This accounted for 14.2% of the health service’s operating budget of £9.3bn in 2008/09 and equates to £247 for every person in Scotland.

Lib Dem health spokesman Ross Finnie described the figures as “truly staggering” and called on the SNP to rethink its policy of abolishing prescription charges.

Mr Finnie said: “These figures show the folly of the SNP’s determination to press ahead with scrapping prescription charges for those who can well afford to pay.

“We know that the number of prescriptions dispensed is on the rise. Free prescriptions could see that number spike higher still.

“SNP ministers need to get their priorities right.

“Would they rather continue spending billions of pounds on scrapping prescription charges, or would they rather boost spending on improving patient care, tackling hospital infections, or increasing access to NHS dentists?”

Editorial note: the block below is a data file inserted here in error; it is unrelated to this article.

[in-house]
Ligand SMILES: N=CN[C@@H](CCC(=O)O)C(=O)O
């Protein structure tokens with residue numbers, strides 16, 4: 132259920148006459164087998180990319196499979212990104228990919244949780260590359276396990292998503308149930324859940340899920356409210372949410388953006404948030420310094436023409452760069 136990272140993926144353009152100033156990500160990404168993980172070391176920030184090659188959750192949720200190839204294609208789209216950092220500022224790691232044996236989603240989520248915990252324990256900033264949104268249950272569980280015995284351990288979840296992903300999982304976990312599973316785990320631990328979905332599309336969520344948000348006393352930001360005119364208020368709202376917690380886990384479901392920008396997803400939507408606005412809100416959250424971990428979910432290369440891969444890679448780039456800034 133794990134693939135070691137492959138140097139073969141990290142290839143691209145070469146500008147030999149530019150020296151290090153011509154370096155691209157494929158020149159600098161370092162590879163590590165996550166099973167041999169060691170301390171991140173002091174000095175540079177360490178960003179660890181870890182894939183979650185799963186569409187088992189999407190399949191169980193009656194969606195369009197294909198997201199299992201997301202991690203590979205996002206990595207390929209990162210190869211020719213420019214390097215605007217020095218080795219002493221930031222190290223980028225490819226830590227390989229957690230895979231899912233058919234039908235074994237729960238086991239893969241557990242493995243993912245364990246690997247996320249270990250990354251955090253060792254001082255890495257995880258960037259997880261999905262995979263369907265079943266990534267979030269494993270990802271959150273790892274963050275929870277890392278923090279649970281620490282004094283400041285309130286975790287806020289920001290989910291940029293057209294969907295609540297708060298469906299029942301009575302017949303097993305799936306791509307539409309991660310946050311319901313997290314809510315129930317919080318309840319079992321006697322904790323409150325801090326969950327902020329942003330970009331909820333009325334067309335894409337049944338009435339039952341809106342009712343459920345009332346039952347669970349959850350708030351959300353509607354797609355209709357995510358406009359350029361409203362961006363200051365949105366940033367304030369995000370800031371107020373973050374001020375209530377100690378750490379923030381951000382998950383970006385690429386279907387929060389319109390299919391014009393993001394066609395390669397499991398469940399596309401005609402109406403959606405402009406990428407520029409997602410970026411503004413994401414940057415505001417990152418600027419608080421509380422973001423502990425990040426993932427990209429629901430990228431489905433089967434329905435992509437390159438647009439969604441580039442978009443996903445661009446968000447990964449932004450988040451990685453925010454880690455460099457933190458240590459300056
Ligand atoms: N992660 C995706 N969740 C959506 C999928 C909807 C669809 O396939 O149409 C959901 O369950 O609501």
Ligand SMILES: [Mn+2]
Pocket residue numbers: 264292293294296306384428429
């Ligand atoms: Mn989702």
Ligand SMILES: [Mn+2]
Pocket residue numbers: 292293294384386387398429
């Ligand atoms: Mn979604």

NHS Greater Glasgow and Clyde spent £343m on drugs last year, the highest in Scotland, while NHS Lothian was next on £195m.

NHS Shetland spent just over £1m.

The NHS spent £5.4bn on hospital services last year.

This included £108m on cleaning, an increase of £8.1m, after a high-profile drive to cut down on the spread of infections like C diff.

Catering costs jumped by £6.5m to £84m, while the cost of heat and light was up by almost a quarter to £87.7m.

The wage bill for NHS staff was £4.6bn.